In our activities for week 19 we're considering how learning and teaching are impacted by the use of mobile devices. However, I realised that I've always considered these to really mean mobile telephones and not laptops or netbooks. Here's my rationale, but first let me say that I hadn't thought of iPods, or flash drives as mobile devices, which I accept as being absolutely mobile – however, they aren't really a mobile device in the way that I am defining it because they cannot input our output information without an additional computer. Flash drives and the like are really today's 'floppy diskettes' of the '80s and '90s.
I guess for me, the definition of mobile must mean that you could/would take around the mobile device for the whole of your waking life. That in effect means something that you can put in your pocket and almost forget. In addition the device must be self contained Hence mobile phones; but not a laptop or a flash drives.
Yes, of course a laptop and netbook can be carried around easily and you can have a complete computing experience in a lecture hall, in a library or on the train. However, you still need space to sit the laptop/netbook on. If you're standing in line at the post office, or you're at the pub, or waiting for a board meeting to start, or waiting for your bus at the bus stand, you're unlikely to whip out your laptop/netbook and start typing away.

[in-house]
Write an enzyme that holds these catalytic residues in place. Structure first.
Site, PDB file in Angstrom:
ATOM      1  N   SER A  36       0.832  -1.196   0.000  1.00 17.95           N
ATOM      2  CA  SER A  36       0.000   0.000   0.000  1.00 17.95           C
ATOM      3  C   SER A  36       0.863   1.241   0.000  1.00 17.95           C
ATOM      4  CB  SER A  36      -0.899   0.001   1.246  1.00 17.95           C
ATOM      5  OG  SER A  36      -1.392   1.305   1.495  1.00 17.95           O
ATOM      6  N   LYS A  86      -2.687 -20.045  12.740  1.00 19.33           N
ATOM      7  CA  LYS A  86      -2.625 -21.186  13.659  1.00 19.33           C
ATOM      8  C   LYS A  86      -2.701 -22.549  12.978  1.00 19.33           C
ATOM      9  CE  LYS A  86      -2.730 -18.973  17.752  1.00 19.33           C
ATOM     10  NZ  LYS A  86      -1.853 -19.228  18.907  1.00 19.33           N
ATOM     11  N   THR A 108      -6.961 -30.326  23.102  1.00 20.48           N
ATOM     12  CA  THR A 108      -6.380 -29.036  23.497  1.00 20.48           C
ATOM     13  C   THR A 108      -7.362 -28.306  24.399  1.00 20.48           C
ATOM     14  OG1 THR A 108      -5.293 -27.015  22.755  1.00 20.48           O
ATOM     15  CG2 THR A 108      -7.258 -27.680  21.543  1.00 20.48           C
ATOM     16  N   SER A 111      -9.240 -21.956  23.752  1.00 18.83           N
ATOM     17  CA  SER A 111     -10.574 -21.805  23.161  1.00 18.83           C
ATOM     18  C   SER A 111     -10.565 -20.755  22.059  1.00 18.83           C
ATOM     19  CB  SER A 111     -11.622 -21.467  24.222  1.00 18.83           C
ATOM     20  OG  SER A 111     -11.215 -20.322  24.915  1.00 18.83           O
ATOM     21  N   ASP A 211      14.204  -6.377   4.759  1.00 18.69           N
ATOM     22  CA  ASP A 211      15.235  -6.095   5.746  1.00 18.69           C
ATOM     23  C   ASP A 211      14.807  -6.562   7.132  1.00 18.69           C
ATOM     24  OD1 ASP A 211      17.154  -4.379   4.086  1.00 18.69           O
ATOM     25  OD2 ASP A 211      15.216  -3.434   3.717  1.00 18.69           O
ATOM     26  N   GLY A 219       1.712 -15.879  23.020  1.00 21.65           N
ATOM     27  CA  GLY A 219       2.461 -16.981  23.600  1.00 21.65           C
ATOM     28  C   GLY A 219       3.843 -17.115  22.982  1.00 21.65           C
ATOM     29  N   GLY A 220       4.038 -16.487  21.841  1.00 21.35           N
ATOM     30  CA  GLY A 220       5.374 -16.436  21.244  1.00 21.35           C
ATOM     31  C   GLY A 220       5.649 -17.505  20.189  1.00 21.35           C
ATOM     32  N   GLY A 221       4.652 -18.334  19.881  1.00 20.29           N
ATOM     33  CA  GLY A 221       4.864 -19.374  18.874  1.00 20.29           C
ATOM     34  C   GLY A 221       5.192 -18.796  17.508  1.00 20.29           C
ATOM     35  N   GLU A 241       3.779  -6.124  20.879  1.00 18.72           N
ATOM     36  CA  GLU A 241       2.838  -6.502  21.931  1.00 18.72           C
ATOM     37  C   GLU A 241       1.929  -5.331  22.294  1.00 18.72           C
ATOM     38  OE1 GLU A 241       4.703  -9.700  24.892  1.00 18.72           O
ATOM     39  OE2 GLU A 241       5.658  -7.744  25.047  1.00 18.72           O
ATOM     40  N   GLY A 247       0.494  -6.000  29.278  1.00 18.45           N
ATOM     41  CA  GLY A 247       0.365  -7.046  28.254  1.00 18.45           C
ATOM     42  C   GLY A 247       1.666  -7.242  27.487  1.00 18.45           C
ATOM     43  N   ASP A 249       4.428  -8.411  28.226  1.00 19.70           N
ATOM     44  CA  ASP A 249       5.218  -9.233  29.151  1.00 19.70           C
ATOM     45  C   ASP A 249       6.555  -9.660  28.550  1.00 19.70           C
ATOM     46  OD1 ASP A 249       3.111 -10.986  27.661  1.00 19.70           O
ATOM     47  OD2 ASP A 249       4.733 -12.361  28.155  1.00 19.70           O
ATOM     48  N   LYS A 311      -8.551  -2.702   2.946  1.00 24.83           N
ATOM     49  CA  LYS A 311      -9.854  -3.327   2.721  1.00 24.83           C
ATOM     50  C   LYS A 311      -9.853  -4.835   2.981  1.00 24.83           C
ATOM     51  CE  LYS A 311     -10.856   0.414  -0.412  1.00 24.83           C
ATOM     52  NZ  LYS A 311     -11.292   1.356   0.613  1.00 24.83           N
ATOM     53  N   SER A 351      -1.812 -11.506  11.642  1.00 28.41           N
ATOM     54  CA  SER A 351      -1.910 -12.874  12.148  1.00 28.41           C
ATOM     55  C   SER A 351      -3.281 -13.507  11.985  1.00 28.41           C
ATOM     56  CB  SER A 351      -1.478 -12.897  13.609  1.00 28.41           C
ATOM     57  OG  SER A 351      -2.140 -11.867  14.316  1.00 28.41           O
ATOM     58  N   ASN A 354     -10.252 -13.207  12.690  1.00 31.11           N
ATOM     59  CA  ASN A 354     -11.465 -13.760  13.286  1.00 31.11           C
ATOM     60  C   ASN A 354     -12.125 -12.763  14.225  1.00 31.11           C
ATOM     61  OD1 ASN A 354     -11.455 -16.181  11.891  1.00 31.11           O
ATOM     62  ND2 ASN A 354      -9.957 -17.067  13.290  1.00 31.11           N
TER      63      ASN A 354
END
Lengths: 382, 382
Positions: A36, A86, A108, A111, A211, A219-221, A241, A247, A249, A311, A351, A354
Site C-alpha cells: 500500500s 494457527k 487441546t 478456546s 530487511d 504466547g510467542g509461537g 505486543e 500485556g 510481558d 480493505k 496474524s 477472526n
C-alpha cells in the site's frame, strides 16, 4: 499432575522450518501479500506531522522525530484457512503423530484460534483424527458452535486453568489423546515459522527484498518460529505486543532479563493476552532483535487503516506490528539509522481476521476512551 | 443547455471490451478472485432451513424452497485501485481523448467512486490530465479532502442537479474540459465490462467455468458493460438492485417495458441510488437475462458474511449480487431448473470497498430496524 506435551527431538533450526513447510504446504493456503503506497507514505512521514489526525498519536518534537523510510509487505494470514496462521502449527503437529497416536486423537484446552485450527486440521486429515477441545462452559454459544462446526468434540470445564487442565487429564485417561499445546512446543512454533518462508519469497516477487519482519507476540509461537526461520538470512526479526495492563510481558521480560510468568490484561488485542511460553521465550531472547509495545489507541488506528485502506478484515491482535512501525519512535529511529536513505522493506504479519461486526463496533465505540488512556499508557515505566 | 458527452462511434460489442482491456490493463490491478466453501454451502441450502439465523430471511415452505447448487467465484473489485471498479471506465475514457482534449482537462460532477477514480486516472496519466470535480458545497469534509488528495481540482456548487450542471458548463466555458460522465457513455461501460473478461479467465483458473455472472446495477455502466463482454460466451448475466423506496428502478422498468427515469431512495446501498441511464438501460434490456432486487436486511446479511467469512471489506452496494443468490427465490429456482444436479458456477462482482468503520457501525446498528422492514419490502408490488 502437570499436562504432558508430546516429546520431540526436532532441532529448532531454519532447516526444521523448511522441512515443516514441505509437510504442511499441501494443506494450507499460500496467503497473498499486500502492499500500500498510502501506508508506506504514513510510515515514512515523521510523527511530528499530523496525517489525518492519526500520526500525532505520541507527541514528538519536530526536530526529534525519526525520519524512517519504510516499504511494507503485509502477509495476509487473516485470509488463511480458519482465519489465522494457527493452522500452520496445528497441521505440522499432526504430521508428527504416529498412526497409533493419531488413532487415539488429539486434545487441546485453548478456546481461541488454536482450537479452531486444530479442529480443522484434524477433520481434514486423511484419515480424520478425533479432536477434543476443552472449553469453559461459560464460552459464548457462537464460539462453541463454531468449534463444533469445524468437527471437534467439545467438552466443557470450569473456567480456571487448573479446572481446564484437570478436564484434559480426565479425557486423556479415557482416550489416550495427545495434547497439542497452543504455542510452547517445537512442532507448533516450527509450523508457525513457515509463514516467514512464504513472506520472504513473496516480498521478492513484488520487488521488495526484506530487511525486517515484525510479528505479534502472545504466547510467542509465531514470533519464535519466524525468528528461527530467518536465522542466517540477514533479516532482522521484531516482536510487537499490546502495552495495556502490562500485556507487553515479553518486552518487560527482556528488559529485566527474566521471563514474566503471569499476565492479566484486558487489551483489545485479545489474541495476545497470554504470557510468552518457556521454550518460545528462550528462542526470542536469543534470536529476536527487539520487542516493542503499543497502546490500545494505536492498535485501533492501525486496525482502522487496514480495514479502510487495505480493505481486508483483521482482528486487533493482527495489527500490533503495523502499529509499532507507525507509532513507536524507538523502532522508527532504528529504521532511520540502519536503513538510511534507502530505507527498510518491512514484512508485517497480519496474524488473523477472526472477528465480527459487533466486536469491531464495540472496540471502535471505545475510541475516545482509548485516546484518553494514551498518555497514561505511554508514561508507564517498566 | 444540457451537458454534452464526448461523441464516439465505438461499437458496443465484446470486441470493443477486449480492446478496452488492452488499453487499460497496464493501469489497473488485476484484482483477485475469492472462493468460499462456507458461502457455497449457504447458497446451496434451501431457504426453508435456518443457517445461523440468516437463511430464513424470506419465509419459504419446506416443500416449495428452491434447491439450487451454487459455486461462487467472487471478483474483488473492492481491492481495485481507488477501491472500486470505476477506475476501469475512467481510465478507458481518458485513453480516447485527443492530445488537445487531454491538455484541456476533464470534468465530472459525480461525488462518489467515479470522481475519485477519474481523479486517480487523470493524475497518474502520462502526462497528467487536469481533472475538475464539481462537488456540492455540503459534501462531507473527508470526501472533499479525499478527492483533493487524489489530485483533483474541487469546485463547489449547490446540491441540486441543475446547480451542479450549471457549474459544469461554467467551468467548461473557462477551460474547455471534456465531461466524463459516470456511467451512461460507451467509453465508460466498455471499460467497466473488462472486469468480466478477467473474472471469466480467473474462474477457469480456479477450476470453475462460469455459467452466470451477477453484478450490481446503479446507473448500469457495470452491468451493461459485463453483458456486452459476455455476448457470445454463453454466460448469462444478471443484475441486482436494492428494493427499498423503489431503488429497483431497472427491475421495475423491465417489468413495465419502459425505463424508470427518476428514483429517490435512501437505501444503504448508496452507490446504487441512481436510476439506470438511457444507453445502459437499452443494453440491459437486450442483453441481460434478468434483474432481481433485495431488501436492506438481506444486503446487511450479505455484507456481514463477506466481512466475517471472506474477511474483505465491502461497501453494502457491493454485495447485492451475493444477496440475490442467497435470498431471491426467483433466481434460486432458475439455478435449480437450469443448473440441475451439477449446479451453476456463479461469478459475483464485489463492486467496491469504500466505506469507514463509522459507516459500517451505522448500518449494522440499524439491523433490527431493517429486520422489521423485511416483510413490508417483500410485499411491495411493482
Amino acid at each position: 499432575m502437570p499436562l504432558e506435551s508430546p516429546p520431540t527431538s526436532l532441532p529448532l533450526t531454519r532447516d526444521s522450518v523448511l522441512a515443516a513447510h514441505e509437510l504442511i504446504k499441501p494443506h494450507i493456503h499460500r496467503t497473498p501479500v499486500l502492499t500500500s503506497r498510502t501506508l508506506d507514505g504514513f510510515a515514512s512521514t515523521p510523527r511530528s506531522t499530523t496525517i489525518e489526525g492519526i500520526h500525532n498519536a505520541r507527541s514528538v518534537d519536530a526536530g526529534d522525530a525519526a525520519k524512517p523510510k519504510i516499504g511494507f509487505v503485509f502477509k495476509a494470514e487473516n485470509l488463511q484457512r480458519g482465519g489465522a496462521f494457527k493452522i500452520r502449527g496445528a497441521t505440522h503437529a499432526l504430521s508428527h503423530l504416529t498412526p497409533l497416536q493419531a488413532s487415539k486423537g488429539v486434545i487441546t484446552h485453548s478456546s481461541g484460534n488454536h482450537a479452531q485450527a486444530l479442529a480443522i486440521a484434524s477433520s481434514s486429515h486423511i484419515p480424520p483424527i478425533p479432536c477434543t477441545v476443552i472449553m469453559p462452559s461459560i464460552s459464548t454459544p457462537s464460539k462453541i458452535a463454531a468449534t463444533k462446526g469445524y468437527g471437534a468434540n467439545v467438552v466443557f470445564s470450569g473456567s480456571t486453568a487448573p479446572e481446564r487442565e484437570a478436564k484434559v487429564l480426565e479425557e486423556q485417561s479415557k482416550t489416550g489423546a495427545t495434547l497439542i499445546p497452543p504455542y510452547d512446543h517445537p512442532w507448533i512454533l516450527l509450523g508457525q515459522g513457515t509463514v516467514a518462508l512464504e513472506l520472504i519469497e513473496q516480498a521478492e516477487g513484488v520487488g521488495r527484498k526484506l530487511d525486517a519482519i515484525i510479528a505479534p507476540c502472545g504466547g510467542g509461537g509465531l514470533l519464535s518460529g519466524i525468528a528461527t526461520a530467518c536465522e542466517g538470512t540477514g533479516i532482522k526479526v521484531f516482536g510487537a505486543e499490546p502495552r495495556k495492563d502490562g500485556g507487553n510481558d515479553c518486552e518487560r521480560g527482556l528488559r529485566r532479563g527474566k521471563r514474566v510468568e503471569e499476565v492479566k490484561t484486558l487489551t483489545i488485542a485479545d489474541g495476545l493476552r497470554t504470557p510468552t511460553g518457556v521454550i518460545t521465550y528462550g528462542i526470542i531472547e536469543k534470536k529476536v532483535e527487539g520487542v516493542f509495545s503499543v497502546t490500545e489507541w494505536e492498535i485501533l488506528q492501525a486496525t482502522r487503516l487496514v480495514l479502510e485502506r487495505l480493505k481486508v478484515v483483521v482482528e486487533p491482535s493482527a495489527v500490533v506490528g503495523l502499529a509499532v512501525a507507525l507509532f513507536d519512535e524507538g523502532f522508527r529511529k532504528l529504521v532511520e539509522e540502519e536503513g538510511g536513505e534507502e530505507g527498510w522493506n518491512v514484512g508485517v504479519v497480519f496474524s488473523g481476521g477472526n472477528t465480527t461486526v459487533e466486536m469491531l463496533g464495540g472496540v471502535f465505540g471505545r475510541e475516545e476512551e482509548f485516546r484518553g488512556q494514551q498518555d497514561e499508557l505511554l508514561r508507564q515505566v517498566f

So in summary, I think a truly mobile device has to have the following characteristics:
- You can put information both in and out of the device, it is not a component that requires another device to do this.
- You must be able to read and respond to the information inside the device.
Only a few devices appear to meet this criteria, in fact I can think of only 4 categories:
- Paper & pen(cil, biro, writing implement): for a superb version of this visit the following link, which is a way of keeping an elaborate 'to do' list up to date,…
The Observatory Report for Web 2.0 for Learning and Teaching in Higher Education, makes for interesting reading with regard to how particularly tertiary institutions are trying to handle the incorporation of Web 2.0 into their teaching & learning and many suggestions of how it could be used, and potential thorny issues in it's whole scale usage are summarised.